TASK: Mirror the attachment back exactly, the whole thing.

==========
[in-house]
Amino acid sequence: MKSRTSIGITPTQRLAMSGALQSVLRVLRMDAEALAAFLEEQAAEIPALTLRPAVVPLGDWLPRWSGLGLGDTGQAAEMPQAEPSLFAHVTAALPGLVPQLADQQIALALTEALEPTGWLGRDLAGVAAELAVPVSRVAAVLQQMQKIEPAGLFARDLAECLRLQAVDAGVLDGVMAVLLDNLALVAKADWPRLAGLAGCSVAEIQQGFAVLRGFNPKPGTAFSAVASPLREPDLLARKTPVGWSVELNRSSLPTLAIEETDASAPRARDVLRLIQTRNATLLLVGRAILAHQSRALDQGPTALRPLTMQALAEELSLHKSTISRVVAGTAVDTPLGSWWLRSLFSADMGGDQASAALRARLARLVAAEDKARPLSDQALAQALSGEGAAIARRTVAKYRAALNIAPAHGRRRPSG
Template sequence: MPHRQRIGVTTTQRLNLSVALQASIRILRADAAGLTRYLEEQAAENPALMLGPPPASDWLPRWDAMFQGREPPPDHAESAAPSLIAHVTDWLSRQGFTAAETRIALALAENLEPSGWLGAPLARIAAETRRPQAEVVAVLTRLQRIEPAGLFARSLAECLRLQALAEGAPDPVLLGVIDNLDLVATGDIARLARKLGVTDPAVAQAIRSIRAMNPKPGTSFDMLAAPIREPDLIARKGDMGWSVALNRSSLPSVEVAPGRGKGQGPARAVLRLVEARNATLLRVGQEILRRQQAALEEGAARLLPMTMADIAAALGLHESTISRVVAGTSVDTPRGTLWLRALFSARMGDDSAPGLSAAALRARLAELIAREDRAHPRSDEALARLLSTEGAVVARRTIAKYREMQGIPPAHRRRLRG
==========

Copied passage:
[in-house]
Amino acid sequence: MKSRTSIGITPTQRLAMSGALQSVLRVLRMDAEALAAFLEEQAAEIPALTLRPAVVPLGDWLPRWSGLGLGDTGQAAEMPQAEPSLFAHVTAALPGLVPQLADQQIALALTEALEPTGWLGRDLAGVAAELAVPVSRVAAVLQQMQKIEPAGLFARDLAECLRLQAVDAGVLDGVMAVLLDNLALVAKADWPRLAGLAGCSVAEIQQGFAVLRGFNPKPGTAFSAVASPLREPDLLARKTPVGWSVELNRSSLPTLAIEETDASAPRARDVLRLIQTRNATLLLVGRAILAHQSRALDQGPTALRPLTMQALAEELSLHKSTISRVVAGTAVDTPLGSWWLRSLFSADMGGDQASAALRARLARLVAAEDKARPLSDQALAQALSGEGAAIARRTVAKYRAALNIAPAHGRRRPSG
Template sequence: MPHRQRIGVTTTQRLNLSVALQASIRILRADAAGLTRYLEEQAAENPALMLGPPPASDWLPRWDAMFQGREPPPDHAESAAPSLIAHVTDWLSRQGFTAAETRIALALAENLEPSGWLGAPLARIAAETRRPQAEVVAVLTRLQRIEPAGLFARSLAECLRLQALAEGAPDPVLLGVIDNLDLVATGDIARLARKLGVTDPAVAQAIRSIRAMNPKPGTSFDMLAAPIREPDLIARKGDMGWSVALNRSSLPSVEVAPGRGKGQGPARAVLRLVEARNATLLRVGQEILRRQQAALEEGAARLLPMTMADIAAALGLHESTISRVVAGTSVDTPRGTLWLRALFSARMGDDSAPGLSAAALRARLAELIAREDRAHPRSDEALARLLSTEGAVVARRTIAKYREMQGIPPAHRRRLRG